As our region whirrs back to life after a year of dealing with Covid-19, thanks to the fast and efficient rollout of vaccines, our industry is busy assessing the direction media is headed – and which markets have the most potential in 2021.
So, let’s talk about Saudi Arabia – because everyone else is.
The country began this year fighting both an economic slowdown in the non-oil sector triggered by the pandemic, and a collapse in oil prices that hurt state revenues.
But the worst seems to be over for this crucial market and there are genuine signs of a faster-than-expected recovery. In its World Economic Outlook report issued in October last year, the International Monetary Fund (IMF) said it expected GDP growth in KSA this year to be -5.4 per cent, an improvement on the -6.8 per cent forecast made in July. In April this year, that outlook has improved to -4.1 per cent. In short, non-oil sectors
were gradually recovering as Covid-related restrictions eased in Q3 and Q4 of 2020, accelerating growth into 2021.
KSA’s economic recovery is still ongoing, of course, but with the unemployment rate falling and consumer price index inflation easing and projected at 2.8 per cent this year (vs. 3.4 per cent in 2020) it looks like things are on the up in Saudi. So it is easy to see why business eyes are turning in the direction of the country, looking for new opportunities.
The big Saudi firms are doing their bit to accelerate recovery – notably, more shares of the country’s flagship oil company Aramco may be sold to finance projects aimed at diversifying its hydrocarbon-reliant economy. In March, Prince Mohammed bin Salman announced an initiative to incentivise local companies to cut dividends and instead pump cash into the Saudi economy. Aramco is expected to contribute the bulk of those private sector investments, which Prince Mohammed has said will top $1 trillion by 2030.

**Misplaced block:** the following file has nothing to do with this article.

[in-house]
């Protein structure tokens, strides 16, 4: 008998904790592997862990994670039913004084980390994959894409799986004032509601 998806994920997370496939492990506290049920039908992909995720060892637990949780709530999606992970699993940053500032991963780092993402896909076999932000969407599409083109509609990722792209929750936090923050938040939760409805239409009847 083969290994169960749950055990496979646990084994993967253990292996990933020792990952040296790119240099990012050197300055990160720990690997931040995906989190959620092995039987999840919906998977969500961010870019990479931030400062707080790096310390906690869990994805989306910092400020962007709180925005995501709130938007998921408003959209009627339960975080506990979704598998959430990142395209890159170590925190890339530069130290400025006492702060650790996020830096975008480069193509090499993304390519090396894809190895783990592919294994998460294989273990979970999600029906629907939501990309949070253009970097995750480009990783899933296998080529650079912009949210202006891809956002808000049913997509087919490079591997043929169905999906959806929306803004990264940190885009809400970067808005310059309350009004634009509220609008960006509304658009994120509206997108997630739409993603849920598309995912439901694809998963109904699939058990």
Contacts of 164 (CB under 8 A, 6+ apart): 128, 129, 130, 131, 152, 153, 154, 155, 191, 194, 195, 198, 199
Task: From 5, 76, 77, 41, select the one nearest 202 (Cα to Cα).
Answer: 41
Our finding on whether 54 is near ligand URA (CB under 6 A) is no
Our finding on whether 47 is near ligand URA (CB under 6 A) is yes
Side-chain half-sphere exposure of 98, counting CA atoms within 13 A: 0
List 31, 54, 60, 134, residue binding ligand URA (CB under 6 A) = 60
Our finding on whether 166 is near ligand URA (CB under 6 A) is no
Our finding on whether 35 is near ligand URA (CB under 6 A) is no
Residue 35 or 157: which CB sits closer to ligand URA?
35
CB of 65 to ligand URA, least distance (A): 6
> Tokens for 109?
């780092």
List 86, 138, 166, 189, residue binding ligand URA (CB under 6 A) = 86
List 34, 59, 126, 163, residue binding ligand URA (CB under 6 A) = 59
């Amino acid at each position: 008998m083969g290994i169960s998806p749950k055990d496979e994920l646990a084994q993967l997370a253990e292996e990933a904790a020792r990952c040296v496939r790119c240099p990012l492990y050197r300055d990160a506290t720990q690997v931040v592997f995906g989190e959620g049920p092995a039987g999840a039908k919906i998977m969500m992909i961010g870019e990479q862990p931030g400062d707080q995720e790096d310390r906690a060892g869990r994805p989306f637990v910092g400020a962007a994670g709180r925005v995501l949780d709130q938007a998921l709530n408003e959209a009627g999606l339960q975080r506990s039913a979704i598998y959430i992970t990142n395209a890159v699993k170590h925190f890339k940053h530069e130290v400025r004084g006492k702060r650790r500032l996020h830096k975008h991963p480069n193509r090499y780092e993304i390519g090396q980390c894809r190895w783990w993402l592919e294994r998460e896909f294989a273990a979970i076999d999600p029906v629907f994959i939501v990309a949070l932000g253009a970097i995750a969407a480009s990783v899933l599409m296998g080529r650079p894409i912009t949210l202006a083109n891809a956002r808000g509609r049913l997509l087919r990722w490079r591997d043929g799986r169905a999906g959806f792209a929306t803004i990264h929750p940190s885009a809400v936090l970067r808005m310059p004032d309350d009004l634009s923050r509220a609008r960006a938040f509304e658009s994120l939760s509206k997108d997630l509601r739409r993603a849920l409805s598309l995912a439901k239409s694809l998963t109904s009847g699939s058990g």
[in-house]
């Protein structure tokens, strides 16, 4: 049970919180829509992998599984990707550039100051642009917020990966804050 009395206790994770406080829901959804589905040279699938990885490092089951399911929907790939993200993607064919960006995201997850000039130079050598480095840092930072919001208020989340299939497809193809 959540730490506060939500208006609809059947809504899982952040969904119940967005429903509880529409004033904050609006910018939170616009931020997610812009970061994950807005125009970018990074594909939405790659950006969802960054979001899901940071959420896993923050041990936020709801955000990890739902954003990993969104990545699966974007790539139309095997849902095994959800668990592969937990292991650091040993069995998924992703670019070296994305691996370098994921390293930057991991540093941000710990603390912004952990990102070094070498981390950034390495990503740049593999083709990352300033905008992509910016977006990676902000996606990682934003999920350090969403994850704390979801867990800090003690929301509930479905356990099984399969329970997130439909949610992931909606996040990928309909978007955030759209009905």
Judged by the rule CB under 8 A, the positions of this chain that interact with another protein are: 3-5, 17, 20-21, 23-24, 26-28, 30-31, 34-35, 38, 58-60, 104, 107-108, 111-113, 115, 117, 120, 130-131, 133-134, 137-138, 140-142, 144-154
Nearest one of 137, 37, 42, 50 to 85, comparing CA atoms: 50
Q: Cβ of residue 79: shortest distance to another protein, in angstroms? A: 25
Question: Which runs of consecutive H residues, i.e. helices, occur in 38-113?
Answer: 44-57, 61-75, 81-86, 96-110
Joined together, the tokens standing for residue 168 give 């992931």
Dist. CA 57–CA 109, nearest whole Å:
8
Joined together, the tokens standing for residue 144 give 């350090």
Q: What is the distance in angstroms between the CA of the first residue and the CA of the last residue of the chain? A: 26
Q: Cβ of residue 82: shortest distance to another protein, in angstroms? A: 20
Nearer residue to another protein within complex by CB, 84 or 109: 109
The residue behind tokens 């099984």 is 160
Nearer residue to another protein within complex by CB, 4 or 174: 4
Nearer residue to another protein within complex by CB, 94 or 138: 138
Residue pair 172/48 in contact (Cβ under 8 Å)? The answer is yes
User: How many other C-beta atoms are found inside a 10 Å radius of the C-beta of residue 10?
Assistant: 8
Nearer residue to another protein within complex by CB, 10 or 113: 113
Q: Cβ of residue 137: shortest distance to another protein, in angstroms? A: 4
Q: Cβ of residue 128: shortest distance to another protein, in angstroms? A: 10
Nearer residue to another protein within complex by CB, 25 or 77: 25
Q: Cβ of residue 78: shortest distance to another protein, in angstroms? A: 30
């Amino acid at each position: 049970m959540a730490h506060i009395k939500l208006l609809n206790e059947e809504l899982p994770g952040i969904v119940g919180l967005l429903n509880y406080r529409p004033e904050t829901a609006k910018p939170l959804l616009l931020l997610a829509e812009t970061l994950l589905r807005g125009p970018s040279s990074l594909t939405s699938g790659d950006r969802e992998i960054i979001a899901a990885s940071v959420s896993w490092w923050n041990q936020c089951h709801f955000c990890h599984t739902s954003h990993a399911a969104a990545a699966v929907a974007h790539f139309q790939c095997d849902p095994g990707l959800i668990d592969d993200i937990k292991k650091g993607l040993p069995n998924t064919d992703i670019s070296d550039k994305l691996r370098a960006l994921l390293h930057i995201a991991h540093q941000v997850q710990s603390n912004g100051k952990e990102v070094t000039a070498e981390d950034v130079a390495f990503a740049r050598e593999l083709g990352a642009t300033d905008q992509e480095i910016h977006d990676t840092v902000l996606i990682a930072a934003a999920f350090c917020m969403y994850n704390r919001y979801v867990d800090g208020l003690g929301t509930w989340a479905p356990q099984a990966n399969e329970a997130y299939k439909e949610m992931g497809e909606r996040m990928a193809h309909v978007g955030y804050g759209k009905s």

To help finance those contributions, Aramco is reviewing its upstream business, according to executives familiar with the company’s plans. Such a move could open up some of its oil and gas assets to external investors.
Also, reforms under the kingdom’s ambitious Vision 2030 plan have played a key role in helping the economy navigate the pandemic. The rapid increase in the labour market participation of Saudi women and reforms for expatriate workers in the private sector are especially important.
Hugely ambitious Vision 2030 developments will also boost Saudi’s fortunes, such as the mega development Neom, which aims to lure in international investors as a strategic global hub connecting the region with the greatest endeavours of the world.
Tourism is an area being prioritised, with mega developments like the Red Sea Project on the kingdom’s west coast – which will eventually cover an area of about 10,000 square miles – still forging ahead. Others to watch out for include Qiddiya, an entertainment megaproject to be established in Riyadh.
So, what does all this mean for our industry?
From an advertising perspective, ad spend cycles typically mimic and amplify economic cycles; however, digital advertising was mostly immune to the macro-economic cycle in 2020. Linear advertising, fuelled by national consumer brands, was still cyclical but structurally underperforming GDP growth.
In 2020, according to Mediabrands’ media investment and intelligence arm, linear ad volumes declined by 20 per cent and digital grew by 7 per cent.
Mediabrands’ forecasts for 2021 estimate overall linear ad volumes to recover gradually by 5 per cent. Digital, on the other hand, continues to grow and is estimated to increase by a significant 20 per cent.
While digital continues to grow, linear media with regards to TV viewership remains at par since its spikes in the first few weeks of the lockdown restrictions. With advertisers wanting to connect to their audiences, as productions were halted in 2020, we will see lots of new and exclusive TV content as stations have overcome those challenges.
On other linear platforms, spending is expected to recover with all media platforms becoming accessible, giving an opportunity for brands to reallocate their budgets across multiple touchpoints, such as outdoor and radio.
Shifting budgets online was a quick fix for some brands to maintain salience levels. However, it is important to have a healthy media mix for long-lasting proportional gains as the balance between short-term gains and long-term objectives are key to designing a successful marketing strategy.
With KSA being amongst the top investment destinations in MENA, it is imperative for marketers to have a considerable share of ad budget towards both online and offline media executing in tandem.
The media world has shifted, and we aim to ensure our clients shift with it in the most beneficial way.